Review by Mark Newman

Loreto’s singers, dancers and musicians scaled magnificent new heights with their splendid presentation of the internationally acclaimed musical Chicago. With music and lyrics by John Kander and Fred Ebb, and Bob Fosse inspired choreography, Chicago is a tale about greed, murder and injustice, mostly set in the infamous Cook County jail, one time ‘residence’ of famous gangsters and other notorious criminals. The narrative revolves around the lives of two women: Velma Kelly, once a celebrated singer, finds herself behind bars after killing her adulterous sister and husband. Roxie Hart, married to worthy but dull Amos, and longing for glamour and stardom, shoots a spurned lover and also finds herself a ‘guest’ of the Cook County establishment. The women have to play the system and somehow get the best lawyer in town, Billy Flynn, to defend them. Perhaps not the most uplifting of themes but…this is Broadway, and Hollywood, and soon we have music and dancing, humour and energy: Chicago the musical. 

Director/Producer Danny Price, assisted by rehearsal director Jade McGovern, opted for a minimalist set on two levels, leaving the cast to create the atmosphere of 1920s Chicago – and create an atmosphere they certainly did! The four principals carried off their roles in superb style. Jodie Hitchen (pictured left) was a devious but charming dark haired Velma, afraid of losing her position to Roxie but determined to fight back. She sang and danced with style and conviction, and was utterly convincing in the role. Florence Kindell (pictured right), as Roxie Hart, also had the task of acting, singing and dancing, often all at the same time, a feat she accomplished with great aplomb. As devious as Velma, sometimes heartless, sometimes loving: always scheming, her performance was a triumph. Darnell Powell (pictured below, left) impressed in his role as smooth talking, big time lawyer Billy Flynn, displaying just the right amount of cynicism in his efforts to defend the two girls and, more importantly, earn a quick buck or two. Darnell’s excellent singing voice was much in evidence and his personality shone through his performance. Harry Horgan had the audience on his side as the downtrodden, gullible Amos Hart, his judgement forever clouded by his love for the undeserving Roxie.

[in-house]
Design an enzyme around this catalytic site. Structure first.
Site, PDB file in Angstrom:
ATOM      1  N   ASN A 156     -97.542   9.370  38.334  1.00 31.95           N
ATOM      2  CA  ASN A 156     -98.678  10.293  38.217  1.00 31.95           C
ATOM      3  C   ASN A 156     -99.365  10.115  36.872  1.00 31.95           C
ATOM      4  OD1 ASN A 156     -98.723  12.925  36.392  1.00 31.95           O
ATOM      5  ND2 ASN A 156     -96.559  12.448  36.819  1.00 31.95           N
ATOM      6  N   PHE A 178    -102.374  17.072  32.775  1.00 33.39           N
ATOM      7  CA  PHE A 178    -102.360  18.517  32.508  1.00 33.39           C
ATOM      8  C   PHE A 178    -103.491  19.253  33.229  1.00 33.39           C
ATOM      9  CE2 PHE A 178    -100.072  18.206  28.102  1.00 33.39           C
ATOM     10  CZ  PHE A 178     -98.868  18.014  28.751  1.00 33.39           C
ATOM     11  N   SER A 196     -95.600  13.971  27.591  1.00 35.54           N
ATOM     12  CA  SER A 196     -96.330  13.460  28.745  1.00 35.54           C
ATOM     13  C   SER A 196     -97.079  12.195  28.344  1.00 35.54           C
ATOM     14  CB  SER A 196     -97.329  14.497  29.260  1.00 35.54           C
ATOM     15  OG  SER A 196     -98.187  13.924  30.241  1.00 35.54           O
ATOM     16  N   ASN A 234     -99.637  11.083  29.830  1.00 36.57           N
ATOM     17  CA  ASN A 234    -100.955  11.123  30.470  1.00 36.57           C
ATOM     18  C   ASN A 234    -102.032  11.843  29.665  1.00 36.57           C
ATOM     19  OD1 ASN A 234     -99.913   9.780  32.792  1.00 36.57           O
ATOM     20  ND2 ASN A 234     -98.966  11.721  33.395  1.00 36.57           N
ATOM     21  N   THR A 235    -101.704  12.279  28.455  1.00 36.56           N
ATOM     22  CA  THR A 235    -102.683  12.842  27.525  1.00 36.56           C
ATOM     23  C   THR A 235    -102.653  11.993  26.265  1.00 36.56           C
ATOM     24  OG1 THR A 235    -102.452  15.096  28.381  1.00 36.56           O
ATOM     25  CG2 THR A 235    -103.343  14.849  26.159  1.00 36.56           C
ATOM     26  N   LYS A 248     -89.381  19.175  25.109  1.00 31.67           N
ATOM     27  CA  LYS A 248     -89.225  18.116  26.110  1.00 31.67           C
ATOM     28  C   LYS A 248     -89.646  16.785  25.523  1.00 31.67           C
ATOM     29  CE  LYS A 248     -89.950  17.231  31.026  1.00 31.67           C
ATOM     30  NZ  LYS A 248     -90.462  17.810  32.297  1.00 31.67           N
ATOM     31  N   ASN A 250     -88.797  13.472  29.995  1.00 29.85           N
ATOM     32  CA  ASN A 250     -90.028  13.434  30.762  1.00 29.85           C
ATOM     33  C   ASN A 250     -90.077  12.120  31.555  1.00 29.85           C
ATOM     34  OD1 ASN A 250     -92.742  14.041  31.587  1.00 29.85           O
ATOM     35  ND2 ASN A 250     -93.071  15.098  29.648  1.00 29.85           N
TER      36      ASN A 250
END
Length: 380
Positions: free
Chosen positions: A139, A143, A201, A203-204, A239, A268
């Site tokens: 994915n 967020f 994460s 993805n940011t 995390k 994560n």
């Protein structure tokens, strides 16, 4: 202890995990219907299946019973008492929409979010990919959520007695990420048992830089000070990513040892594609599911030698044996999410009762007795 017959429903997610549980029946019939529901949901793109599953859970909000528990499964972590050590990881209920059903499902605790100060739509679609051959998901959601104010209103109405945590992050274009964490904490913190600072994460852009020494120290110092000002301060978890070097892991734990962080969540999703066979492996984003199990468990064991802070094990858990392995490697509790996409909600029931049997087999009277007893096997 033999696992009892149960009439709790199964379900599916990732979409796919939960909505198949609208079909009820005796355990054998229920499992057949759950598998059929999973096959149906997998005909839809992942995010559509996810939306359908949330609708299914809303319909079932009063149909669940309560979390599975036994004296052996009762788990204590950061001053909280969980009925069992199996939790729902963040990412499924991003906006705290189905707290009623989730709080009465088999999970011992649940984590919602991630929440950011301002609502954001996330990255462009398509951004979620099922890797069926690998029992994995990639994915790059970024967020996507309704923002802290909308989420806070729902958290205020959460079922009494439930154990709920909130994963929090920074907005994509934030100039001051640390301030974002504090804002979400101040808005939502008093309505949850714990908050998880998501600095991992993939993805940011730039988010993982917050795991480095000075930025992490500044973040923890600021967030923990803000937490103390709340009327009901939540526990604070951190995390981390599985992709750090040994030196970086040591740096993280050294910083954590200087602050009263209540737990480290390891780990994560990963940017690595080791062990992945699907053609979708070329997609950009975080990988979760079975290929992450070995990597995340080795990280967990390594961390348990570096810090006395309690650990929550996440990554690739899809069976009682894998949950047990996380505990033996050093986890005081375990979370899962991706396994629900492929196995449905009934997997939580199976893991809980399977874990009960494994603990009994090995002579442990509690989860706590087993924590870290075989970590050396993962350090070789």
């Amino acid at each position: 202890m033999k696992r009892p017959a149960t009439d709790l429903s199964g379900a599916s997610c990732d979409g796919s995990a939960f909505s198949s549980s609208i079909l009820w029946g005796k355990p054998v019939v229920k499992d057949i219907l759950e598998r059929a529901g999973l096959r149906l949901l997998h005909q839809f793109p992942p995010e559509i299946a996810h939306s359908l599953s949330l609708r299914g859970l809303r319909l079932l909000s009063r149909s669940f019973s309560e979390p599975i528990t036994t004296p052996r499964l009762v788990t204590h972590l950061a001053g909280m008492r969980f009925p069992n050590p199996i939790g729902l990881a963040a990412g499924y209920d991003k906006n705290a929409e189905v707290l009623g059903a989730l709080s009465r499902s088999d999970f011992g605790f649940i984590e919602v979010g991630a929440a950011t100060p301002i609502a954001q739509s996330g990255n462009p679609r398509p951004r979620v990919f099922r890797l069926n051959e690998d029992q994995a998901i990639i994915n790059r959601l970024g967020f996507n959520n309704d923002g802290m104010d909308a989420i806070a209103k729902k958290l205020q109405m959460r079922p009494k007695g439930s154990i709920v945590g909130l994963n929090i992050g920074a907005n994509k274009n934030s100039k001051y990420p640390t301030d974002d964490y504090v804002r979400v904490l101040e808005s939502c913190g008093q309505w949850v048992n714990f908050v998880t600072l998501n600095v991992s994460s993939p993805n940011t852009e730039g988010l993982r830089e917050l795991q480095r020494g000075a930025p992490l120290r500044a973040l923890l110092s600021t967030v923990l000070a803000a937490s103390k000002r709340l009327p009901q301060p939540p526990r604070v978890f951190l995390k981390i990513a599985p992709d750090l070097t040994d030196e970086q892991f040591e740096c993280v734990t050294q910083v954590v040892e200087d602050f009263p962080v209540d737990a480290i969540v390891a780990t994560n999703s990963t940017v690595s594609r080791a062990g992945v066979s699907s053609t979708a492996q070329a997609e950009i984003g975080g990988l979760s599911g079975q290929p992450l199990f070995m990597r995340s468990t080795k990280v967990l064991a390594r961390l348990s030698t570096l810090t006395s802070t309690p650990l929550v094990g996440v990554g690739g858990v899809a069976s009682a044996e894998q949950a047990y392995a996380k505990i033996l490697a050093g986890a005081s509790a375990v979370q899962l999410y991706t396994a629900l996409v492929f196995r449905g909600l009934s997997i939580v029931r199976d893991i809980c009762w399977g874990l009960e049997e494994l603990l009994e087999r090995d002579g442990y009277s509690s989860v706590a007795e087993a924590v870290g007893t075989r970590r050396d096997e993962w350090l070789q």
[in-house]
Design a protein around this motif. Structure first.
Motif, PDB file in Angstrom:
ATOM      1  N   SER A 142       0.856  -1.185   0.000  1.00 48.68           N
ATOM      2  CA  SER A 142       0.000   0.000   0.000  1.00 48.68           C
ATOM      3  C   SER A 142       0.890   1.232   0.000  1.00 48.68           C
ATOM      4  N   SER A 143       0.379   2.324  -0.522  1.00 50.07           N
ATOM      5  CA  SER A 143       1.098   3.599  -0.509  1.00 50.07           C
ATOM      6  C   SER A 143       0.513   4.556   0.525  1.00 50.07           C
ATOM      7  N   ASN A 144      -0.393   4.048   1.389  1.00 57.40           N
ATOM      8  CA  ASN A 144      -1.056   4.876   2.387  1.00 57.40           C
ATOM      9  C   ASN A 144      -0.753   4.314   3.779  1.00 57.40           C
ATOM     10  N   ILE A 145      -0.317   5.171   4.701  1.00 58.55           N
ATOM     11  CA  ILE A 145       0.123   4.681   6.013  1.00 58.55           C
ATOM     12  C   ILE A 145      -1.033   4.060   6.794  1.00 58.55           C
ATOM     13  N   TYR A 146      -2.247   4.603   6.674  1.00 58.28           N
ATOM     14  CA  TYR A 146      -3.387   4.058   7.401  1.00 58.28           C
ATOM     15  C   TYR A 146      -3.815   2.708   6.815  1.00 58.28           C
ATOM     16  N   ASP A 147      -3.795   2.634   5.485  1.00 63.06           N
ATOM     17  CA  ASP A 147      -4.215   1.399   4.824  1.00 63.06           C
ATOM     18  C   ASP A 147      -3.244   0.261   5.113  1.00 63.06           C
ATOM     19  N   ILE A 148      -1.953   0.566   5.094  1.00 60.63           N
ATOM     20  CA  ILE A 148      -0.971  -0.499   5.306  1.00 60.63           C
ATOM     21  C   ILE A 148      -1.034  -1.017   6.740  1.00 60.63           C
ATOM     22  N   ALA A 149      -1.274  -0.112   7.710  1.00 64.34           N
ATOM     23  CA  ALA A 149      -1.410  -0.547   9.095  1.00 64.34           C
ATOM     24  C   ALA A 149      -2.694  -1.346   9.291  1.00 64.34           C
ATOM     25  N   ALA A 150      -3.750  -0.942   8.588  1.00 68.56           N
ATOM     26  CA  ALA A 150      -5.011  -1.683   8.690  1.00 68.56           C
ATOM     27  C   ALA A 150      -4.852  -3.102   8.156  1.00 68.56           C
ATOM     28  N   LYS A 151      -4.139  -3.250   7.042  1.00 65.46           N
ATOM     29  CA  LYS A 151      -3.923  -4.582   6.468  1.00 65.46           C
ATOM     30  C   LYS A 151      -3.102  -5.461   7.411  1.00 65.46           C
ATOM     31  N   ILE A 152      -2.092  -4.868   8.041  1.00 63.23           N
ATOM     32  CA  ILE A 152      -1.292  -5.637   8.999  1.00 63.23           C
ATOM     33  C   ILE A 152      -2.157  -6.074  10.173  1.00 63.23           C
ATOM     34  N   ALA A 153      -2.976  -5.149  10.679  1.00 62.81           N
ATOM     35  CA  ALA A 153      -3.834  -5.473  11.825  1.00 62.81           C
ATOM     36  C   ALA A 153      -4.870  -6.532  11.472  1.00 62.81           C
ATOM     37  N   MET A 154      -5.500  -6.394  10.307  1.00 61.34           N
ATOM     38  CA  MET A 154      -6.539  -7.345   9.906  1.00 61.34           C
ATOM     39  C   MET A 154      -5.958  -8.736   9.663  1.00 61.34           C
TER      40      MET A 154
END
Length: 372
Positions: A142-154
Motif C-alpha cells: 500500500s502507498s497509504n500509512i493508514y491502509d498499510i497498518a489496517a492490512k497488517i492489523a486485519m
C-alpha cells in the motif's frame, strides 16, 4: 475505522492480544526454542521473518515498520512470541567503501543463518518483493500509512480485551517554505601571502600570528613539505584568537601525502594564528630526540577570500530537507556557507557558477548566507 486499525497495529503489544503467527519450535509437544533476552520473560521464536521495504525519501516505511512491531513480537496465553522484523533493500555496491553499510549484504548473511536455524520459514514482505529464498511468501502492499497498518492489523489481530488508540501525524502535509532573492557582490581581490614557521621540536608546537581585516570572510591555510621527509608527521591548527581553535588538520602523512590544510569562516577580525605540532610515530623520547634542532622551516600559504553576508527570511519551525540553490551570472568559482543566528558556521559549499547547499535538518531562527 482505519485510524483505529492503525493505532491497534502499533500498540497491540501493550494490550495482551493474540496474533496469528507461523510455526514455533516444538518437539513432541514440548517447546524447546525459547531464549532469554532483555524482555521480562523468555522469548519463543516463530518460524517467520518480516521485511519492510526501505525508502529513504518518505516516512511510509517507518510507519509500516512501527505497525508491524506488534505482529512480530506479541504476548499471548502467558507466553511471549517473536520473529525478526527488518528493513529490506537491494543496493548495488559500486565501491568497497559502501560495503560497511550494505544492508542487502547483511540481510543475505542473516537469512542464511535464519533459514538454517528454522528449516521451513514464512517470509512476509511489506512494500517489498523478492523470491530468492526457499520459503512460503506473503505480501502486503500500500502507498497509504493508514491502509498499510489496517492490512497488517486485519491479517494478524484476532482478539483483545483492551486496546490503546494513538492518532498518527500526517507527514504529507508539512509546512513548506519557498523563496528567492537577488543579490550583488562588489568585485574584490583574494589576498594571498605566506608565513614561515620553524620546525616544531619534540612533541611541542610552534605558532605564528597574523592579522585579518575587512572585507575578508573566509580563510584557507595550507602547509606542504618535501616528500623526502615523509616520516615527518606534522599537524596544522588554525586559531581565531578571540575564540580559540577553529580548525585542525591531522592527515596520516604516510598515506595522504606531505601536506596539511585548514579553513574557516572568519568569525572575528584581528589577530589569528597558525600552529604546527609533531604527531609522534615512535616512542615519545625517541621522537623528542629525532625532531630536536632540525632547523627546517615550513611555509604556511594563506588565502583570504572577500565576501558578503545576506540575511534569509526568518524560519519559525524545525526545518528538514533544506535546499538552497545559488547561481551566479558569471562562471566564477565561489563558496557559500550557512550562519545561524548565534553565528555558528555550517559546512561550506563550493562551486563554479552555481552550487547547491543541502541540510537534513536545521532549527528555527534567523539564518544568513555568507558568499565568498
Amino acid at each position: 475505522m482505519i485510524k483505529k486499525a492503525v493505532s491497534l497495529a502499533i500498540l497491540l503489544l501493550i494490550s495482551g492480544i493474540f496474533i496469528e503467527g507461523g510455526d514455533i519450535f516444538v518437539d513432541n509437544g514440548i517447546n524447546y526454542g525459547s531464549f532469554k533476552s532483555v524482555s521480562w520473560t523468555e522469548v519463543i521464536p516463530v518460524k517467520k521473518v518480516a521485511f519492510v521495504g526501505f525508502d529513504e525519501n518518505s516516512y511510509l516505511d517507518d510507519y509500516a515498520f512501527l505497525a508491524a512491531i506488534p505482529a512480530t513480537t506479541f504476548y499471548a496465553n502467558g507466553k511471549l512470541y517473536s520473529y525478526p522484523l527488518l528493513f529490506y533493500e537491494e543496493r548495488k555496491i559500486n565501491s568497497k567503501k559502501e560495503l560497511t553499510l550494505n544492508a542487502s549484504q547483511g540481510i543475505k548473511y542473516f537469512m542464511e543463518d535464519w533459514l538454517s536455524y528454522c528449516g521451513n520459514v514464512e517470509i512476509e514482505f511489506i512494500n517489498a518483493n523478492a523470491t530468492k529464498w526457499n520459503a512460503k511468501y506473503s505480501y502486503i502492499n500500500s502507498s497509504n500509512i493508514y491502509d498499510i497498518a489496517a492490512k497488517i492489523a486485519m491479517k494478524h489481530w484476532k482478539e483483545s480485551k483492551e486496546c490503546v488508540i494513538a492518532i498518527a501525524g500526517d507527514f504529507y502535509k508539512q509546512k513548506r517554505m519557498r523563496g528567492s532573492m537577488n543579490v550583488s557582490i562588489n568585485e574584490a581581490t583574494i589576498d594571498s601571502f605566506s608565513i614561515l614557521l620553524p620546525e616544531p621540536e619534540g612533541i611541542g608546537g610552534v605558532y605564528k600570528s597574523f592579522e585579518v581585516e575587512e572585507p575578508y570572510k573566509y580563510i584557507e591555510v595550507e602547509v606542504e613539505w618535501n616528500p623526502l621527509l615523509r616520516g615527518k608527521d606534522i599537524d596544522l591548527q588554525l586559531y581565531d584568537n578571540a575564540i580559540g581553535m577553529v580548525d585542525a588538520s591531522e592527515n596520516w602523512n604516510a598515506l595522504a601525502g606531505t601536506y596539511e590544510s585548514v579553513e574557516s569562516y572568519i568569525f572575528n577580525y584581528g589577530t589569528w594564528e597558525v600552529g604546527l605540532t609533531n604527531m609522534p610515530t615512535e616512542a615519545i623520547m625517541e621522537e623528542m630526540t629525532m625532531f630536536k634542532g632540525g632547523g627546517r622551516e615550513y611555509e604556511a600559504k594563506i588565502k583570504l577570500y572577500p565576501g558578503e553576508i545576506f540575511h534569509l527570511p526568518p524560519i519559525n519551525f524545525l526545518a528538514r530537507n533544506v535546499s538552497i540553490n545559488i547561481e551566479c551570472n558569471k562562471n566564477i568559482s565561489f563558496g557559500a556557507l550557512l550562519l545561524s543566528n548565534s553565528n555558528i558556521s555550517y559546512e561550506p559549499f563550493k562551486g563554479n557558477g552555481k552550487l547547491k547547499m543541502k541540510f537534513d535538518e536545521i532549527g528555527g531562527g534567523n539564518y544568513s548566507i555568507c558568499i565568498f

The relatively small cast of fifteen worked as a true ensemble (pictured below) and this was a distinguishing feature of the whole production; it bounced along at a terrific pace, with zest and energy and an infectious enthusiasm. Pippa Hudson’s choreography, with input from Joanne Farnell, Kathy Brooke, Jade McGovern and Rachel Jackson, was slick, captivating and professional, none more so than in the spectacular Cell Block Tango, a real highlight of the show. 

The whole production was driven by a magnificent house band, assembled by Head of Music and keyboard player David Lloyd-Mostyn, featuring Conal Horan and Bob Koropisz on trumpets, Lana Cook, Alison Benson and Jonathan Guy on reeds, Fionnuala Bradbury on violin, Caitlin Schaffer on banjo and mandolin, bass player Luke Darbyshire, trombonist Oliver Marshall and drummer Ruben Butterfield McPherson. The band not only accompanied all the song and dance numbers but provided incidental music and sound effects as well, all with the utmost precision. Tony Fennell and Ian Jones ensured that the sense of overall professionalism extended to the technical areas of sound and lighting, enabling the cast to focus on their routines with confidence.  

In his closing remarks, after the last performance, Director Danny Price was keen to highlight the power of the collective, with the superb ensemble work on stage and a student led backstage team. As an audience member, it was hard not to be caught up in the exuberant atmosphere of this splendid production and we departed into a rainy Manchester night singing numbers from the show – the ultimate compliment!